‘Dorigen and Aurelius’
She began to stare at Aurelius.
‘Is that your thought,’ quoth she, ‘and say you thus?
Never have I suspected what you meant.
But now, Aurelius, knowing your intent,
By that God who gave me soul and life,
Know, I shall never play the faithless wife
In word or deed, as far as I have wit;
I will be his to whom I have been knit.
Take that for a final answer now from me.’
But after it teasingly thus said she:
‘Aurelius, by the high God above,
As I wish I might have been your love,
Since I hear you so piteously complain.
Lo, that day when from Brittany’s main,
You remove every reef, stone by stone,
So no ship is hampered through that zone –
I say, when the coast is rendered so clean
Of rocks, that never a stone can be seen –
Then I will love you more than any man.
Hear my truth said, as plainly as I can.’
‘Is there no better grace in you?’ quoth he.
‘No, by the Lord,’ quoth she, ‘who fashioned me,
For I know full well it shall never betide.
Let such folly out of your heart slide!
What pleasure is added thus to a man’s life
In making love to another man’s wife,
Who can have her body when he will?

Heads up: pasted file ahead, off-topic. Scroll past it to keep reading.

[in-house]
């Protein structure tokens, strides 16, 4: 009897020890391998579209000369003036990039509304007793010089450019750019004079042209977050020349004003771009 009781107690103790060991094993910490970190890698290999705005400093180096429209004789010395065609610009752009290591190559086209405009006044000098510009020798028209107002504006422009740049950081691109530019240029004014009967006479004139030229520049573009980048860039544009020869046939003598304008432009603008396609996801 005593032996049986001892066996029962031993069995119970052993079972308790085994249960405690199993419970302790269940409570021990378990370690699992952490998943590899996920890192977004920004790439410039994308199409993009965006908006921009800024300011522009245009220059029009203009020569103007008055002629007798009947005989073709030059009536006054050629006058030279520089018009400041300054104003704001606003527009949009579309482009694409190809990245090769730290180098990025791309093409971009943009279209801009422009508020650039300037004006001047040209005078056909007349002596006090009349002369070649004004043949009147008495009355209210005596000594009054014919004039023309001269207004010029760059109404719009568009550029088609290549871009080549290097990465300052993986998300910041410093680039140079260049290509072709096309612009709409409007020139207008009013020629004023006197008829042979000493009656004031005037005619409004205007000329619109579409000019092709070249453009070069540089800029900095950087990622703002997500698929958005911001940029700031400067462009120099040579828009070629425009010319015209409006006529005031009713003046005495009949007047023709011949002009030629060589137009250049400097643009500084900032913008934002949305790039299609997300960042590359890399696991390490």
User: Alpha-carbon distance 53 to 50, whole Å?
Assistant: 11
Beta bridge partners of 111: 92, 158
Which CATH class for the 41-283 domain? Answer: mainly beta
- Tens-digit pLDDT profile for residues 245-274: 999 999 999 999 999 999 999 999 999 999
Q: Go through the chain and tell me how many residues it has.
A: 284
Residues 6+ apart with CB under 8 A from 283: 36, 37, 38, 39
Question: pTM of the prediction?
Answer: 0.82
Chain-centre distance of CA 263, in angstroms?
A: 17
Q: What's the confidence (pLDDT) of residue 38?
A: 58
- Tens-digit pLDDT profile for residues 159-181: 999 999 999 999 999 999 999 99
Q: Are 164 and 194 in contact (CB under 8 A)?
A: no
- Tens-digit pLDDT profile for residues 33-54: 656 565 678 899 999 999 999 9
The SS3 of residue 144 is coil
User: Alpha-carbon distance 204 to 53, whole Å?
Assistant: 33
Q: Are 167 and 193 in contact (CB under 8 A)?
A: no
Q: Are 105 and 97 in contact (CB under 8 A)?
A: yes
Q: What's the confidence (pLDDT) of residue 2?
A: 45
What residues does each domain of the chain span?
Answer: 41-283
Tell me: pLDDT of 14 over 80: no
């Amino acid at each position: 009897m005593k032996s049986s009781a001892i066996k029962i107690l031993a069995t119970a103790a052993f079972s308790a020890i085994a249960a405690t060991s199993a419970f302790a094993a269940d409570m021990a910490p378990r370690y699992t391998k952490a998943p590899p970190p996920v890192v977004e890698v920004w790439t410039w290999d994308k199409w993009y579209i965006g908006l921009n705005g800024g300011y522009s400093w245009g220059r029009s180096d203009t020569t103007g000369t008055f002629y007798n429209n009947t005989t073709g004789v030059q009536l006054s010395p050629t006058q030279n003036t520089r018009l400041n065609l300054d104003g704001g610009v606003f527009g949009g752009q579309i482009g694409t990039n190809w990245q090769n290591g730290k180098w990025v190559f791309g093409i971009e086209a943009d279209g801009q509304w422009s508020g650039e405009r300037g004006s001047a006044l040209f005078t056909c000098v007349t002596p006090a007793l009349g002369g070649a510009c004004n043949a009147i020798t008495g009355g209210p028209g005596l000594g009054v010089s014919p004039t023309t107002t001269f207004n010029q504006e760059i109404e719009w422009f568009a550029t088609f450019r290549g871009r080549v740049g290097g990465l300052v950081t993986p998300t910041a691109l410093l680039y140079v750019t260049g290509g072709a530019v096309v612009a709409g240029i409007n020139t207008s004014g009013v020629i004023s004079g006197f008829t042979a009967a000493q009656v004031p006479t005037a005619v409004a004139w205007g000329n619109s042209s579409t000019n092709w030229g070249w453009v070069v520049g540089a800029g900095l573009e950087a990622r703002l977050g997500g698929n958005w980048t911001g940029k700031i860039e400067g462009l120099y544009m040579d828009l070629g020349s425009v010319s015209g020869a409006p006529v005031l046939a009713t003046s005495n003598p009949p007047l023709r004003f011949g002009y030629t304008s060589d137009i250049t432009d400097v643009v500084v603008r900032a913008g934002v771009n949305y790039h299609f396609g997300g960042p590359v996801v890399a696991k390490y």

Aurelius was ever in deeps sighs still;
Woe was Aurelieus, when this he heard,
And with sorrowful heart he answered her:
‘Madame, to lose you is impossible!
So let death come, sudden and horrible.’
– And with that he turned away anon.
Her other friends appeared, many a one,
And in the alleyways roamed up and down,
Knowing nothing of this sad conclusion.
And suddenly the revels began anew,
Till the bright sun had lost his yellow hue,
Since the horizon robbed them of his light –
Which is as much as to say, that it was night.
And home they went, in joy and in solace,
Save only poor Aurelius, alas!
He to his house has gone, with sorrowful heart.
That he and death shall not be long apart,
He feels, and senses his heart grow cold.
Up to the heavens he his hands does hold,